Kate
This is a classic children's book about two ducks looking for a place to raise their family. I know it's silly, and probably not what the children reading this book are thinking about, but my favorite part is in the beginning when the mother and father duck are trying to find a suitable place to have their baby ducks. The mother is so picky, but it shows how much she cares about these little duckies. Of course, the part that most appeals to little children is probably the part towards the end, w ...more
Holly
Definitely one of my favorite books from my childhood -- one of the first books that my father chose for me from the library and read to me at home. Never owned my own copy, but it was generally available at the library if I wanted to visit it again.
Sara K.
Read this in college and loved it. Then a friend gave me a copy in Spanish (Abran paso a los Patitos). It was fun to reread it with my goddaughter curled up in my lap telling me all about the story. There really aren't a lot of finer things in life!
Rob
In this children's classic, Robert McCloskey presents a case study in why some parents shouldn't be allowed to name their own children. Master and Lady Mallard, in a desperate attempt to look creative, saddle their offspring with some of the most hideous appellations imaginable. You may think it's annoying when parents give all their children the same initial—and you'd be right, of course—but that has nothing on the Mallards' broadside assault on good taste. I sure hope that poor Kack and Ouack, ...more
Derek
It's odd what strikes you many years later:

"Honey, I'm off to explore 'up the river', and will be gone for about a week. Take care of our eight extremely young children. I'll meet you in that place that's on the other side of the dangerous traffic, even though there's absolutely no reason to. Have fun, and don't poison the kids' minds against me while I'm gone!"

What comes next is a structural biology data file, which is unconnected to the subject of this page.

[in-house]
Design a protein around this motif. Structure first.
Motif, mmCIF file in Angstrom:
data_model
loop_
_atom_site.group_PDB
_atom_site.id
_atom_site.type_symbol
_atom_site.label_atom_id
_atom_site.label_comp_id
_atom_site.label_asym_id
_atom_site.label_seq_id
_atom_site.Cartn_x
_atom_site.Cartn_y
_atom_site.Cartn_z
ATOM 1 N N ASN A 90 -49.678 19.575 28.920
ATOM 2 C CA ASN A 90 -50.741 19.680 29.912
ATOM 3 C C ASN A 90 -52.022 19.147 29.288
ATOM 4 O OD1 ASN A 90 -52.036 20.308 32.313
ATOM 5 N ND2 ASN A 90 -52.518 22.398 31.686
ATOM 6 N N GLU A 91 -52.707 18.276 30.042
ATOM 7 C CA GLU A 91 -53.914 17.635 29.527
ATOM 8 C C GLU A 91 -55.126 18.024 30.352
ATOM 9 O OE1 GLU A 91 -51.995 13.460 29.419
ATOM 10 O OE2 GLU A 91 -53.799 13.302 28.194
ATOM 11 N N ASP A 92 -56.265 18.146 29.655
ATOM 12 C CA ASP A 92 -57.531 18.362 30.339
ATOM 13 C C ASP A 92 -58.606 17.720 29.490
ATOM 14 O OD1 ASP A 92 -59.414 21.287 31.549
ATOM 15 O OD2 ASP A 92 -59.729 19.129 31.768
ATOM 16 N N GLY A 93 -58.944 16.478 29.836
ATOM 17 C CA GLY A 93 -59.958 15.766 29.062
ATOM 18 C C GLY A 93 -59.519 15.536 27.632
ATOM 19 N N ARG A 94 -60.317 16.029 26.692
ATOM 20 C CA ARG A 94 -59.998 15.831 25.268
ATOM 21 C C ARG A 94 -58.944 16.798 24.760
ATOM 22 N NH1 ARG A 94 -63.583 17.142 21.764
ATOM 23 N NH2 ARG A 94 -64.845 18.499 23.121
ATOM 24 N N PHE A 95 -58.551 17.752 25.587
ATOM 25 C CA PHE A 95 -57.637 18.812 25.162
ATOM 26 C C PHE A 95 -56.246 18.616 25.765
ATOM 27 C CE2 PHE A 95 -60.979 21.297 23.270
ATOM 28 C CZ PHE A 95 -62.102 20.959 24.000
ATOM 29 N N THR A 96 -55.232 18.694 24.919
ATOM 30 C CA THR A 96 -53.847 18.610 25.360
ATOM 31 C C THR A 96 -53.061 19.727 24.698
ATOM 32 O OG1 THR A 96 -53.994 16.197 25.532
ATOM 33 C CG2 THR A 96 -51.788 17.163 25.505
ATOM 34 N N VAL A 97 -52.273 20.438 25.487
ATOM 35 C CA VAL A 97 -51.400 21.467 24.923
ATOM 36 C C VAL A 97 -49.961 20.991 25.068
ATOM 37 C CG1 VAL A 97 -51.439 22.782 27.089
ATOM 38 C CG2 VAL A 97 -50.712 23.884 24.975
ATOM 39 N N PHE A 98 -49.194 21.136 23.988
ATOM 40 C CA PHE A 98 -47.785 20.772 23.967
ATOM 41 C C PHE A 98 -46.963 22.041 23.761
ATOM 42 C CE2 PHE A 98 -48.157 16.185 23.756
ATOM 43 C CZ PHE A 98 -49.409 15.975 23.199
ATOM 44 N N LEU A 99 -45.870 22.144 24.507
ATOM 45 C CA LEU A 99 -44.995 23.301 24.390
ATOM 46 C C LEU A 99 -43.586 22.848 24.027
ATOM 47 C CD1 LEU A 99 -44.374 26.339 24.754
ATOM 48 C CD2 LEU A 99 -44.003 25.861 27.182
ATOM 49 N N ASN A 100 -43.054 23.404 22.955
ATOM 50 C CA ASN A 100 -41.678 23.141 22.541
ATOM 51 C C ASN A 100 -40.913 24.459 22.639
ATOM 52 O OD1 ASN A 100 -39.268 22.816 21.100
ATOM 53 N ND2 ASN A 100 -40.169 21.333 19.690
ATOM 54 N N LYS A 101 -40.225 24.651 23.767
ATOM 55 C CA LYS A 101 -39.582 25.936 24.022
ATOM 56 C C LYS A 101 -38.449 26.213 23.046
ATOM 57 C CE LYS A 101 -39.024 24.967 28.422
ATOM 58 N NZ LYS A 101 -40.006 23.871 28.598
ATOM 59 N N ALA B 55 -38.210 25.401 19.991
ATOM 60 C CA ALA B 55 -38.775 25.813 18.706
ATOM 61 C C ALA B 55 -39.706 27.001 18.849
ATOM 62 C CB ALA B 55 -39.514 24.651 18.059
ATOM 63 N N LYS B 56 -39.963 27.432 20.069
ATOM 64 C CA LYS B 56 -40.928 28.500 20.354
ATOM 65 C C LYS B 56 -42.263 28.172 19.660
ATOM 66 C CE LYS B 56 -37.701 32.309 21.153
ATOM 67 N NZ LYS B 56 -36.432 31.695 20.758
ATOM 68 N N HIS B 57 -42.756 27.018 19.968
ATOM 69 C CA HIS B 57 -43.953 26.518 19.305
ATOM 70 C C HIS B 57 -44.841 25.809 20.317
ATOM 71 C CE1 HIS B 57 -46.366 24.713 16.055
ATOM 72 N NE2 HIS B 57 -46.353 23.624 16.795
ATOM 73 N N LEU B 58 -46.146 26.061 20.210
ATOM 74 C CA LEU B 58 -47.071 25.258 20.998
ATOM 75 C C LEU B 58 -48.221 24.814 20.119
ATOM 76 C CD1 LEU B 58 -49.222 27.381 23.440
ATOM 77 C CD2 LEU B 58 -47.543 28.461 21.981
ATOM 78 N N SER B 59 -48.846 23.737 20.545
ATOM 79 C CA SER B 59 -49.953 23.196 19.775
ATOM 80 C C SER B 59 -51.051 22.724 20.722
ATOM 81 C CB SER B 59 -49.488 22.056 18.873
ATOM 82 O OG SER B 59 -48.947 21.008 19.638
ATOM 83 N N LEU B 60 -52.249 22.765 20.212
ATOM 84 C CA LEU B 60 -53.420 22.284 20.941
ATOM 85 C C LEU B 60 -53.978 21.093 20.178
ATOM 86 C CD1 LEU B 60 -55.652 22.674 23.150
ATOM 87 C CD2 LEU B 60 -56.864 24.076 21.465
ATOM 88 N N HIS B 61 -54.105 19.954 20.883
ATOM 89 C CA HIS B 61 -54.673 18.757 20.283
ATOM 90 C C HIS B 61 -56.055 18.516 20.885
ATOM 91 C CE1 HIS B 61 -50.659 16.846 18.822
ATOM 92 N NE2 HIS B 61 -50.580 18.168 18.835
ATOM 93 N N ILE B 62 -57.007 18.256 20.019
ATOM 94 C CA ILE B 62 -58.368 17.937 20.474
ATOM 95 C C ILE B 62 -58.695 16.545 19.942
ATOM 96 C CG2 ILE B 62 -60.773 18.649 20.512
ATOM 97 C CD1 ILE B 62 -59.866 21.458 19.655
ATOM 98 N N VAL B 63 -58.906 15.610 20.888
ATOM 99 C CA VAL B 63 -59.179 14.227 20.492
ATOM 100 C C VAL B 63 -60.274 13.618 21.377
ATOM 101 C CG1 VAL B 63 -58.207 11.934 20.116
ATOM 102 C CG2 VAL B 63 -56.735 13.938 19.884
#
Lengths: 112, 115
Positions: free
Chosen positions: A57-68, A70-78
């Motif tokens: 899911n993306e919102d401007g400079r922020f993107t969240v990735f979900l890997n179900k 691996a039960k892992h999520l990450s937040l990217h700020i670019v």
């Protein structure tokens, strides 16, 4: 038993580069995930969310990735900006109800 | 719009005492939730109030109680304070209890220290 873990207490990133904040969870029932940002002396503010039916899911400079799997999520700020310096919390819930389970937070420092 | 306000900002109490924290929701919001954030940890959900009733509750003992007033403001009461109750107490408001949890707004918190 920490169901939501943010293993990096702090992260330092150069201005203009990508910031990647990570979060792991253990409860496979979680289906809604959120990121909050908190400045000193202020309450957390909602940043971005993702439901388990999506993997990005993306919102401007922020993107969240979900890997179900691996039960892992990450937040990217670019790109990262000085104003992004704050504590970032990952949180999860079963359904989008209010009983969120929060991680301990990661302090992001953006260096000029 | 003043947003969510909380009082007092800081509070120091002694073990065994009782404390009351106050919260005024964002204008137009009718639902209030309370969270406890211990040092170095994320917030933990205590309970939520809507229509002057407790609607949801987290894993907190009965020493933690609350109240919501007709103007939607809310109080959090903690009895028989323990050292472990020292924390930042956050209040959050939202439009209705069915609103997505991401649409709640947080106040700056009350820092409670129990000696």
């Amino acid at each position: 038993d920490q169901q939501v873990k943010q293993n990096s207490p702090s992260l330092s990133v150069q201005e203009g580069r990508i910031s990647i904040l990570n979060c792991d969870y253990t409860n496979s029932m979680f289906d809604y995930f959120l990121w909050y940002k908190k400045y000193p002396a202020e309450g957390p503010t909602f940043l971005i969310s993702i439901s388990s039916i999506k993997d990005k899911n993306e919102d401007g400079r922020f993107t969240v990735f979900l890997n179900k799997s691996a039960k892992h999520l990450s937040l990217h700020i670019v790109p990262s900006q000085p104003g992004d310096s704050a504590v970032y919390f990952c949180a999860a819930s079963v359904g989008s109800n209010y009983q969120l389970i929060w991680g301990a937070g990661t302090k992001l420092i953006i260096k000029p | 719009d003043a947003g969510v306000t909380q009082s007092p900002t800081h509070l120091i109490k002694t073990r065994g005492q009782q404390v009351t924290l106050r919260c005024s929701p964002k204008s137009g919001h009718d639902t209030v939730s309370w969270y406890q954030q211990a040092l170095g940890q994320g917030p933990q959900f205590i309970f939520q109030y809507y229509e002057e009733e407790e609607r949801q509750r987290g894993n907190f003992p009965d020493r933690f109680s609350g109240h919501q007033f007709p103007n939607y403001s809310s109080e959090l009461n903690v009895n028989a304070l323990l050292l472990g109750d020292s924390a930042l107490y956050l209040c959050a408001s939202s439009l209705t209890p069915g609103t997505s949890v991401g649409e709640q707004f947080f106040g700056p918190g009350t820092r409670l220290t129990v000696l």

Fortunately Mrs. Mallard has the support of apparently the entire Boston police force; getting a restraining order against her deadbeat
...more
Steve
Genre: Picture Book / Fiction

The mother of eight ducklings must herd them across multiple streets full of traffic to the Public garden where their father is waiting. This book is great for demonstrating the theme of family because that is all it is; a mother and father keeping their family safe. Make Way for Ducklings is such a simple story that is very straightforward with the readers. The illustrations portray the love and care that the parent ducks have for their children in such color and d
...more
Allison Moore
Mr. and Mrs. Mallard are two ducks looking for a safe place to lay and hatch their eggs and start their family. They flew from place to place to find a place where they can have dry land and a place for them to swim. It also had to be safe enough for the new ducklings to walk around. The Mallards fly over the Charles River and find a little island to lay their eggs. The mallards meet a policeman named Michael who feeds them peanuts whenever he sees them. Finally, eight little ducklings hatch out ...more